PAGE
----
Slam poetry has been gaining popularity on social media over the last few years. There are a lot of men and women who write their own poems and then go on stage and perform them. This is called slam or spoken word poetry. These performances are then recorded and posted on social media. You may have seen a lot of these on Facebook or Instagram. Lately, there have been many such events in India too, where you can go and participate and read your poetry aloud.
Started in 2013, with the aim to popularise spoken word poetry in India, The Airplane Poetry Movement was one of the first of its kind when it came to spoken word poetry. We spoke with Nandini Varma, the co-founder to know more about the initiative,
“We started with the aim of building a working infrastructure for spoken word poets in India – by that I mean, giving the best platforms to people for performing their poems, as well as giving the best education in spoken word poetry.”
When Nandini and Shantanu (her co-founder) started in 2013, slam was still a new concept. Nandini elaborates, “At that time slams were still a very new format. We faced some challenges, mostly with respect to booking venues, getting participation for the slams, and really taking the art form to as many people as possible. However, things have grown immensely since then.”
Spoken word poetry is now popular, thanks to YouTube. It is a great way to express your feelings and immerse yourself in written art. Slam poetry usually deals with difficult topics too, which makes its purpose far more interesting. Slam poetry also aims to bring about social change through performances. Some of the performances are so honest and moving, that it is difficult not to listen to the message in the poem. Over the last three years, the Airplane Poetry Movement has been conducting open mic nights every month and have held more than 70 workshops in schools and colleges in India.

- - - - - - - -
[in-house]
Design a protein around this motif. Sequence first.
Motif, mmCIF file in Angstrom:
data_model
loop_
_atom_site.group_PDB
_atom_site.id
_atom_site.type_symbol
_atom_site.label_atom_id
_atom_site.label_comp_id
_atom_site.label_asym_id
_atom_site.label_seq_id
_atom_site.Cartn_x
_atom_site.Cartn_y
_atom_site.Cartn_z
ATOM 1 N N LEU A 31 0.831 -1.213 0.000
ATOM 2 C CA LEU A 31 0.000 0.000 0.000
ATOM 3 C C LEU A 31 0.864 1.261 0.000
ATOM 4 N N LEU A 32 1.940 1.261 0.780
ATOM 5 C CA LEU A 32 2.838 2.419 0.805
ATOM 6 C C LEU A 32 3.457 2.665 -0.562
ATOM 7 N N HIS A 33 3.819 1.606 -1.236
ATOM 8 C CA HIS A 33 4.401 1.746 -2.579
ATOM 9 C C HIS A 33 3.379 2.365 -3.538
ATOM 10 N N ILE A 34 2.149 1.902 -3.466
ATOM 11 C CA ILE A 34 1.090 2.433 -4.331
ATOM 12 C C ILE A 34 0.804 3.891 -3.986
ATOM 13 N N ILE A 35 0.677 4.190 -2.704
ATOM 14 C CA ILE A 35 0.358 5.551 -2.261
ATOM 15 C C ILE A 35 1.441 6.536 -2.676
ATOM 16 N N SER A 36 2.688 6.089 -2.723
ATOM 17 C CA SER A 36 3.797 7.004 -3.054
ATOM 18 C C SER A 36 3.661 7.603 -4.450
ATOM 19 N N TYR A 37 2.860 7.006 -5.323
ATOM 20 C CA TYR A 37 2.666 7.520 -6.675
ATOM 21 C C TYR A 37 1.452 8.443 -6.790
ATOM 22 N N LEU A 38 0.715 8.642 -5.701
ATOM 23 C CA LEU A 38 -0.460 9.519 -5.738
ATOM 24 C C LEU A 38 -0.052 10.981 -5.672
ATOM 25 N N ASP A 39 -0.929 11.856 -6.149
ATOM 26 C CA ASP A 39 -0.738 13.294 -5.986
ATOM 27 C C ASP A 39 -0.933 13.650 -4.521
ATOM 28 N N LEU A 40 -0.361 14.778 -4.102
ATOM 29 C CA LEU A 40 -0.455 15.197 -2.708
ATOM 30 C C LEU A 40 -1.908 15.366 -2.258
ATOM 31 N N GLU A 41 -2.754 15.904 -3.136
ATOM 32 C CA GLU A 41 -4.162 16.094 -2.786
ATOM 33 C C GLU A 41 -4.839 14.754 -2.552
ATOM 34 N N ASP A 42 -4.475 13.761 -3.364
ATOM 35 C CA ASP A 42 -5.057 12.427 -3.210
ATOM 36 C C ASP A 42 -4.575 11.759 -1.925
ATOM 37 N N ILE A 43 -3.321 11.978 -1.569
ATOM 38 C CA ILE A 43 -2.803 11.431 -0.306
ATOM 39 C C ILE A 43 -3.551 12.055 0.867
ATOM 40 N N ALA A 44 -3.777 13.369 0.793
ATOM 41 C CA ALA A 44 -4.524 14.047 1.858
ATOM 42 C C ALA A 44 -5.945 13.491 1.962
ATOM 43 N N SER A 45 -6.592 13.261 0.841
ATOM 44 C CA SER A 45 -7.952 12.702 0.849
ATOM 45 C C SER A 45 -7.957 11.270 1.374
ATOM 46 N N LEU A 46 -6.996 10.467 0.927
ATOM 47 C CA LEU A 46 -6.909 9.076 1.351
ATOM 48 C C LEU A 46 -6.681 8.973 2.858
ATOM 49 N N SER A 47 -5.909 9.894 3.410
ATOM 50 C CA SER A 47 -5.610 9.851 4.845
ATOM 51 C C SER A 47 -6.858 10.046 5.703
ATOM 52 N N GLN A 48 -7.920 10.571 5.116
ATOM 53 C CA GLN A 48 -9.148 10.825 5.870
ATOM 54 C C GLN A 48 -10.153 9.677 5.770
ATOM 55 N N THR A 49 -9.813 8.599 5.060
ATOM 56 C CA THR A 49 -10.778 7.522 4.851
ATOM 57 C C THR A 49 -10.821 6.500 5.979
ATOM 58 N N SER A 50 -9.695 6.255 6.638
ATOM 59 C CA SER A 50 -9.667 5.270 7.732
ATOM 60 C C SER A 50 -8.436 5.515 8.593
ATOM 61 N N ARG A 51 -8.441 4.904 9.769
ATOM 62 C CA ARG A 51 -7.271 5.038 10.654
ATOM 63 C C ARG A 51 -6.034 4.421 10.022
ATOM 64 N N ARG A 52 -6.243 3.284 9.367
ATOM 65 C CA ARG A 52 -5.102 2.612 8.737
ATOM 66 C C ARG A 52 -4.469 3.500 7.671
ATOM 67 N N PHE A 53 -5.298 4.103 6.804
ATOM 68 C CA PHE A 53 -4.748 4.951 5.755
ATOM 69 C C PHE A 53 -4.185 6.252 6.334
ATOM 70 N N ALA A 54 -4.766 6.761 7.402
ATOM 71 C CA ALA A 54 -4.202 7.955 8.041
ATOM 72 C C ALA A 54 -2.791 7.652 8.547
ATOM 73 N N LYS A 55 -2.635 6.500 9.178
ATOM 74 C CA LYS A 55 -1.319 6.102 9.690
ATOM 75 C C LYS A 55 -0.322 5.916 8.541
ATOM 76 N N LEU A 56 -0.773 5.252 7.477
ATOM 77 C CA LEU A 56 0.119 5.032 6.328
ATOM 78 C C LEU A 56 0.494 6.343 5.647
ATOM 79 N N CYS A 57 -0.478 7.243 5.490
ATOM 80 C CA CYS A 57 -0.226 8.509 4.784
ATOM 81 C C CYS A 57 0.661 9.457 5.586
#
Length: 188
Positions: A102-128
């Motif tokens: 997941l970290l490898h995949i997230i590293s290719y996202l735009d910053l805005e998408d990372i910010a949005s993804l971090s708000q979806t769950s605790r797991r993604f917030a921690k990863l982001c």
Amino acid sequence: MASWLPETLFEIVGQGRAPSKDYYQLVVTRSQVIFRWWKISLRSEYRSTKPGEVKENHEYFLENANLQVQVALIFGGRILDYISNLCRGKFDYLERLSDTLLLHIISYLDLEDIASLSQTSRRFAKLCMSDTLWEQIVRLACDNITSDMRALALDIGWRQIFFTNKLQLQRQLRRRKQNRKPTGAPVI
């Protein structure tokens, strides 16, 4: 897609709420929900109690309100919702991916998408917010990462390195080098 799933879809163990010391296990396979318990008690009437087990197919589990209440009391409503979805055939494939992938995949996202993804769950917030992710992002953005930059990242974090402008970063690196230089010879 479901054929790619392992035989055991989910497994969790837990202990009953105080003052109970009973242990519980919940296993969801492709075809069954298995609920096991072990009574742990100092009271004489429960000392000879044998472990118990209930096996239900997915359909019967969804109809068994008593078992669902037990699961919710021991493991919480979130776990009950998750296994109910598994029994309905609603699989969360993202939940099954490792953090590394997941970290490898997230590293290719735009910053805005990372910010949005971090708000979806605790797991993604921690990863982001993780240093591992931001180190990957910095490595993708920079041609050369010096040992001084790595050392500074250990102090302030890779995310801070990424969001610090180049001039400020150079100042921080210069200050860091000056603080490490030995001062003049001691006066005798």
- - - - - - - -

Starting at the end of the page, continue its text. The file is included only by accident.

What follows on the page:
Spoken word poetry is now popular, thanks to YouTube. It is a great way to express your feelings and immerse yourself in written art.
When we asked Nandini about her most memorable experience while working with the movement, she told us about one week where she was conducting a workshop at SSLA (Symbiosis School for Liberal Arts). She said, “This was the first time, we really pushed ourselves and our boundaries as educators – within those 6 days we learnt so much from the students who came every single day regardless of the hectic college schedule. It ended with the most magical performance given by the students who participated, each one holding their own style on stage, and being so absolutely brave and honest on stage. I could never be grateful enough for every single minute of that week.”
Nandini is a poet herself (one of the reasons she started the movement) and she says that one of the poems that inspired her is called Leisure by William Henry Davies. She borrowed the title of one of her very first poems from Leisure. It is called ‘Where squirrels hide their nuts in grass/A letter to my younger self’.
Here’s a glimpse into the creative world of spoken word poetry:
“Where Squirrels Hide Their Nuts In Grass*”/A Letter To My Younger Self.
You’re a pocket in a matchbox
That extinguishes the fire it lit,
The houses it burnt,
The patches it left
You are water that is not tame
And breathing is the sound, sometimes,
Of your mother crying
There is no grass taller than
The frown on your face,
And you left your watering can behind
Let the grass blades kiss your knees,
For a change,
Let the squirrels hide their nuts in it,
A feather will fall from a nest,
A wing will open at the foot of a shivering tree.
We will both learn slowly,
– Nandini Verma
Pic credits: Nandini Verma